Convergent thinking is the opposite. Where divergent thinking is often immensely intuitive and spontaneous, convergent thinking seeks to follow set rules of logic and commonality. A convergent thinking process is one that leads you to the most ideal and practical path of action.
Let’s say you had a particular problem at hand. For example, you wish to make and eat a peanut butter sandwich but you do not have any peanut butter in the home.
The answer, based on convergent thinking strategy would be. “Well the store has peanut butter, if I go there I can buy it and then make a sandwich.”
A divergent thought path would be something like, “Squirrels love peanuts so I’ll order a ‘squirrels training handbook’ from Amazon, train the squirrels to gather and relinquish their peanuts to me. I’ll press the nuts and have it all spread on toast before noon.”
While one thinking path might seem a lot more fun (especially if you enjoy envisioning a horde of squirrels), both are necessary and important in the implementation of great creative thinking.
Conceptually great creatives will often utilize both skills, initially starting with divergent thinking and later editing and practicalizing along convergent lines. In our day to day work meetings when we assign and build new projects we should look to enable divergent thinking in our brainstorming meeting and continue to optimize the work process through convergence. It helps to look within our work meetings and to think about what the barriers are to great ideas.
Bottom-up processes vs Top-down processes
Where do great idea’s come from? There’s no simple answer unfortunately, but to better understand it’s important to know how psychologists view the way brain processes information.
One school of thought is the top-down, bottom-up processing model.
Your brain encodes two types of information. Basic information, conveyed to your brain through your body from your senses. “Pan on stove is hot, finger burnt, hot pan is hot” (Bottom-up, as no higher cognitive thought was involved).
Then there are those pieces of information that are encoded in our brains from a top down level. This is where critical, analytical and emotive thought play a role in the process. “Girl breaks heart, Boy is now sad. Girls make hearts sad”.
Often it is emotion that sits in the middle of the process and facilitates the strength of the encoding. From an evolutionary perspective this is a critical part of our survival. We won’t get into that here but let’s just say it’s important to deeply remember the things that can harm us.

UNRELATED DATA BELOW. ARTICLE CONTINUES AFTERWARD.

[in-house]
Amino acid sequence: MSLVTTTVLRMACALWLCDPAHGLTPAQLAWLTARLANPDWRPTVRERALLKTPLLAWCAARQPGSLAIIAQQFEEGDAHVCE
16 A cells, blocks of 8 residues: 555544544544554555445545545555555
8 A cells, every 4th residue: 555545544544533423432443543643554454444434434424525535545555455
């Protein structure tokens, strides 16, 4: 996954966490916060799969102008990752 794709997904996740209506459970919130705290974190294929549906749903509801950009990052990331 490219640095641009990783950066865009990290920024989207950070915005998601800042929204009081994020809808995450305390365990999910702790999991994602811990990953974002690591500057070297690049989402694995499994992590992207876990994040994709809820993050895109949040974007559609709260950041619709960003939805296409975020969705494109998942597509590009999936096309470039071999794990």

What we want to focus on is a basic understanding of how information begins to reside in our minds so we can conceptualize what we create and how it came to be an idea in the first place.
The goal of this gross oversimplification is to help lead to an understanding of where divergent thoughts come from. The truth is, it’s a lot and almost impossible to do justice to in own article but the hidden gem I can give you, is introspection.
The truth is, the majority of creative ideas are not truly spontaneous or original. What is original is the way an idea or object becomes recreated. If you reflect and deeply analyze any truly creative idea you’ve had, you’ll find bits and pieces of the idea are actually built from the culmination of your experiences. This is also known as the priming effect. Often our creative ideas are readily primed from our experiences. This is how the mind conceptualizes solutions for us.
Some of us are naturally more inclined to be aware of the priming effect that generates our ideas, others will have to be more introspective on their idea process.
When you have a new idea, try to ask yourself these questions.
1) Where have I seen parts of this before?
2) What aspect of this idea relates back to my life or my childhood?
3) Did I watch or experience anything in the last 24 hours that is similar to this?
Now you’re probably thinking, “hey, some of my idea’s are out of this world, they’re not rooted in some weird undercurrent of my mind” Here I would challenge you to look deeply at your own creative process. Are your idea’s truly unique, or are they segments and pieces of a vast variety of your experiences carefully stitched together. Even Leonardo Da Vinci and Buckminster Fuller we’re recreating what already was in a new and beautiful way, there’s nothing wrong with that.
The more you ask yourself reflective questions about your idea process the more you will discover the origin of your thoughts. Once you gain a deeper understanding of this, you can then take your creative thinking process to the next level by breaking down the mental barriers.
When you’re planning your next big creative project try to ask yourself the above questions. Sometimes being able to assign the right labels to the common threads with an idea will help you to flush and and create a much more in-depth and full concept.
6 Crazy Hats of the Creative Process
Lateral Thinking is a term coined by the great Edward De Bono. It’s a deliberate form of thought process that opposes traditional logic in order to generate new and innovative ideas towards a solution. The goal of lateral thinking is idea generation. Finding streams of thought and commonality to a problem or potential solution to spur more and more ideas. It seeks to break mental barriers that obstruct ideas to help you synthesize more. One great technique of lateral thinking is Edward De Bono’s 6 thinking hats.